When sending out resumes and cover letters to employers, you have to acknowledge the fact that this is, whether you like it or not, the first impression you will make, and your application documents contain the only information employers will have about you unless they decide to call you in for an interview.
With this in mind, it is even more important that information be accurate and forthcoming—even if it is not particularly flattering. Anything employers read as misleading will automatically land you in the cylindrical file of no return.
For this reason, consistency of content is more crucial than ever. Some of the biggest concerns for candidates with sketchy work histories are time spent unemployed and positions that were short-lived. There is, however, a completely legitimate way to present this material without lying and without putting on a Vanna White-esque display for the world to ridicule. The easiest strategy is to simply list all employment dates using years but not months.
Employers will eventually discover that your tenure at Company ABC from 1999 to 2000 really lasted from November 1999 to February 2000, but if they are checking references and asking for additional information about your work history, your foot is already in the door, and you have less to worry about.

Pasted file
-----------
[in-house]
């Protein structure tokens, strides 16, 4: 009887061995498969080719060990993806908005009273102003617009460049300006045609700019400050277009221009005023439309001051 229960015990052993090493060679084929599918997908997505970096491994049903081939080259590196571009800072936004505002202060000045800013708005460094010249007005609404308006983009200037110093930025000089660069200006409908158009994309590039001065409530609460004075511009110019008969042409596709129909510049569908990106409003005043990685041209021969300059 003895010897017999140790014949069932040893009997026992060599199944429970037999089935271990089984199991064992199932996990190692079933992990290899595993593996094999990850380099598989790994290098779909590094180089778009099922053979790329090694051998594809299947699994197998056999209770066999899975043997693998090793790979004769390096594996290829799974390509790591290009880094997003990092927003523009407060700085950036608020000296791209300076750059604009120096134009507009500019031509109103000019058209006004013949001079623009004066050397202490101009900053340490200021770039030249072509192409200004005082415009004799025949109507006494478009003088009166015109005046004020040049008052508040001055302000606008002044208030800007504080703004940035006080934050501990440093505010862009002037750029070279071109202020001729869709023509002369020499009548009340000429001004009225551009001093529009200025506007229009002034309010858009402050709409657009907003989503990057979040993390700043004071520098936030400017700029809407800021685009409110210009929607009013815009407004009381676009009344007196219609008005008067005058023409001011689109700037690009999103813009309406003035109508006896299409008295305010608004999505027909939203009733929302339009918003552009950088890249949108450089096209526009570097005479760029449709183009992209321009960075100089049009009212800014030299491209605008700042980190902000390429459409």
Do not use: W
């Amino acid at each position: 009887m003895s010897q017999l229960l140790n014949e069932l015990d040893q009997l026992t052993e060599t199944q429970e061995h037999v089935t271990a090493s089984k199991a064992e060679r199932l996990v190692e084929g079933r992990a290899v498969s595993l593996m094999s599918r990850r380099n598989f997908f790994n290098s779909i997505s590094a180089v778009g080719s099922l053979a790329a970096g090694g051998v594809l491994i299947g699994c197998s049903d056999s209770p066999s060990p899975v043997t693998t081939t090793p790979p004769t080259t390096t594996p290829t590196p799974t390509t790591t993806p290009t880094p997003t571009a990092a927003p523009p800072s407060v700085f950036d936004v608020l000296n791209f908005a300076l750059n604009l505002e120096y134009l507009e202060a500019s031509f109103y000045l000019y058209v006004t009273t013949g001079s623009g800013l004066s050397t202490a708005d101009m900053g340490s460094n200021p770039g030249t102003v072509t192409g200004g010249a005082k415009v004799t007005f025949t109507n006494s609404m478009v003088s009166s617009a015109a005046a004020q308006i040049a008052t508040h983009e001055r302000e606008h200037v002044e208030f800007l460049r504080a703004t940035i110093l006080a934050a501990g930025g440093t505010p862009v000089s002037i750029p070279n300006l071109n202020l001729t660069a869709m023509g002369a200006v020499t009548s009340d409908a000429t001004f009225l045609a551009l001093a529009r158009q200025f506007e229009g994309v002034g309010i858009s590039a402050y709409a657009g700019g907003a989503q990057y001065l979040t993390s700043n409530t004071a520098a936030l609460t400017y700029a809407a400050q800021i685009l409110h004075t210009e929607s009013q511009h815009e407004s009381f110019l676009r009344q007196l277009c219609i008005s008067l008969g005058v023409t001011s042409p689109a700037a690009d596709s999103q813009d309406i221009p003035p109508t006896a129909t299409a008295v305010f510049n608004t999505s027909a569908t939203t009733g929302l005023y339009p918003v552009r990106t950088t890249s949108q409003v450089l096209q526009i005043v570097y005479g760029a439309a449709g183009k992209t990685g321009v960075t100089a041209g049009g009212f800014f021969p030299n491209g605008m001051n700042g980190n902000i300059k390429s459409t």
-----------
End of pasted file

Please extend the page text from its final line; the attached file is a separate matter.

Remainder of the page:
As it is extremely important to remain truthful to prevent your foot from going back out that door in a heartbeat, be willing to discuss your work history when asked. Short-term positions are not the end of the world if you do not appear to be hiding something to begin with. Honesty is key.
Terminations are another sore spot for many candidates. It doesn't matter how long it has been since the layoff or firing occurred. Any termination is a sensitive subject, and—let's face it—it's never going to be an ego booster, so we have to find ways to cope. If an employer checks your work history or references, it is bound to find out about a termination in your past, but this does not mean you cannot eliminate suspicion from the beginning.
Your cover letter is the perfect place to explain away unseemly dismissals. Before your references are even called, you have the opportunity to prevent any unnecessary questioning of your abilities by describing your dismissal in a favorable manner. (This includes describing your former employer favorably.)
Instead of going on a rant about your horrible boss, explaining that funding for your position was no longer available will suffice. Remember that any negative commentary on a previous employer may reflect on your potential to backstab a future employer if things don't work out. Human resources departments typically are not fond of disloyal employees and trash talkers.